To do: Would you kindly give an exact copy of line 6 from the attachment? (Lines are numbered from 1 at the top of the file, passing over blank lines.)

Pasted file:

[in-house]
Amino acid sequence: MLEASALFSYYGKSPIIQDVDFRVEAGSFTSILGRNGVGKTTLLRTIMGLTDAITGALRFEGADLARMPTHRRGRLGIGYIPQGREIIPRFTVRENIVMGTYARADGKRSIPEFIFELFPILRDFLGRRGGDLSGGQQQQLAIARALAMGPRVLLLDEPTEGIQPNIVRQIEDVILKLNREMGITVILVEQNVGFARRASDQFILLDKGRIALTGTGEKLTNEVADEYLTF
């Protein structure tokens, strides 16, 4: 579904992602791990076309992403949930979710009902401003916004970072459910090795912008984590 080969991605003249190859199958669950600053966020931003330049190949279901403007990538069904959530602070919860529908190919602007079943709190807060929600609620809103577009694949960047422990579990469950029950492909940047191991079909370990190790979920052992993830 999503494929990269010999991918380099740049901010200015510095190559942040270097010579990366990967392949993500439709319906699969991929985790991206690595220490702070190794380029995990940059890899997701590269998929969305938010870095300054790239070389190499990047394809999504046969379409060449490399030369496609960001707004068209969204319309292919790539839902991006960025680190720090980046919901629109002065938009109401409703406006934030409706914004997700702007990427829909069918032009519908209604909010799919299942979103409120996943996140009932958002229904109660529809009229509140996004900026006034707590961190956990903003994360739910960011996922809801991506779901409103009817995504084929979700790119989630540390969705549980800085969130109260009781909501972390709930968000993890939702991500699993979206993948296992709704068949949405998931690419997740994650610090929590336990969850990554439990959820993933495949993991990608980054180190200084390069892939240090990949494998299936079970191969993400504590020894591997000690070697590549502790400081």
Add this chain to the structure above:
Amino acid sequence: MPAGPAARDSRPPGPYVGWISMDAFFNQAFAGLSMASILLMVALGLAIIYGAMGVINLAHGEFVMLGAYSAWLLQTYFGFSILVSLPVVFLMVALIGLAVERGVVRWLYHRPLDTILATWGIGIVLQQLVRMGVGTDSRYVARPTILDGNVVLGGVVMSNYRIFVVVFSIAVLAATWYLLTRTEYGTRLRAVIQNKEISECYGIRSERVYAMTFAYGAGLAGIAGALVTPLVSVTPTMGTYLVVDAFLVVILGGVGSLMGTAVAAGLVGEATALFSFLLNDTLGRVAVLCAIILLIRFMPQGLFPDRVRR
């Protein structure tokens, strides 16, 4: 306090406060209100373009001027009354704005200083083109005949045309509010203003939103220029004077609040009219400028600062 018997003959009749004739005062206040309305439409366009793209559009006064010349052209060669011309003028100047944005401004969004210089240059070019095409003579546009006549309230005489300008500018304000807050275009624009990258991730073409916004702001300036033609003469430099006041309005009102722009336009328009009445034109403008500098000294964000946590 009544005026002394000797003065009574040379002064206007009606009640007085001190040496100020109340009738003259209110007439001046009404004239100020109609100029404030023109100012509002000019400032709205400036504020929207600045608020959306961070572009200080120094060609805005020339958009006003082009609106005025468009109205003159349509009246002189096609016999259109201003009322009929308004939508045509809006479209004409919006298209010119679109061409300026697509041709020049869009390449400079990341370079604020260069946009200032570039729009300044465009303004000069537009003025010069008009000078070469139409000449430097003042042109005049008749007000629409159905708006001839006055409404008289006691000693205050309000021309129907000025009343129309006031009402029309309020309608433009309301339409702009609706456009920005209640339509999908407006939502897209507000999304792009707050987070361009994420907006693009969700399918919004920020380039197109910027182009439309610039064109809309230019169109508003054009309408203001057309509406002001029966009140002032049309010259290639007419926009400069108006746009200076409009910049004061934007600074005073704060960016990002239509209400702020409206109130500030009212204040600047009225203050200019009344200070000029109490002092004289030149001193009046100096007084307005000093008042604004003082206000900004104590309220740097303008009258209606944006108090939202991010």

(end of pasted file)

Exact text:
């Protein structure tokens, strides 16, 4: 306090406060209100373009001027009354704005200083083109005949045309509010203003939103220029004077609040009219400028600062 018997003959009749004739005062206040309305439409366009793209559009006064010349052209060669011309003028100047944005401004969004210089240059070019095409003579546009006549309230005489300008500018304000807050275009624009990258991730073409916004702001300036033609003469430099006041309005009102722009336009328009009445034109403008500098000294964000946590 009544005026002394000797003065009574040379002064206007009606009640007085001190040496100020109340009738003259209110007439001046009404004239100020109609100029404030023109100012509002000019400032709205400036504020929207600045608020959306961070572009200080120094060609805005020339958009006003082009609106005025468009109205003159349509009246002189096609016999259109201003009322009929308004939508045509809006479209004409919006298209010119679109061409300026697509041709020049869009390449400079990341370079604020260069946009200032570039729009300044465009303004000069537009003025010069008009000078070469139409000449430097003042042109005049008749007000629409159905708006001839006055409404008289006691000693205050309000021309129907000025009343129309006031009402029309309020309608433009309301339409702009609706456009920005209640339509999908407006939502897209507000999304792009707050987070361009994420907006693009969700399918919004920020380039197109910027182009439309610039064109809309230019169109508003054009309408203001057309509406002001029966009140002032049309010259290639007419926009400069108006746009200076409009910049004061934007600074005073704060960016990002239509209400702020409206109130500030009212204040600047009225203050200019009344200070000029109490002092004289030149001193009046100096007084307005000093008042604004003082206000900004104590309220740097303008009258209606944006108090939202991010």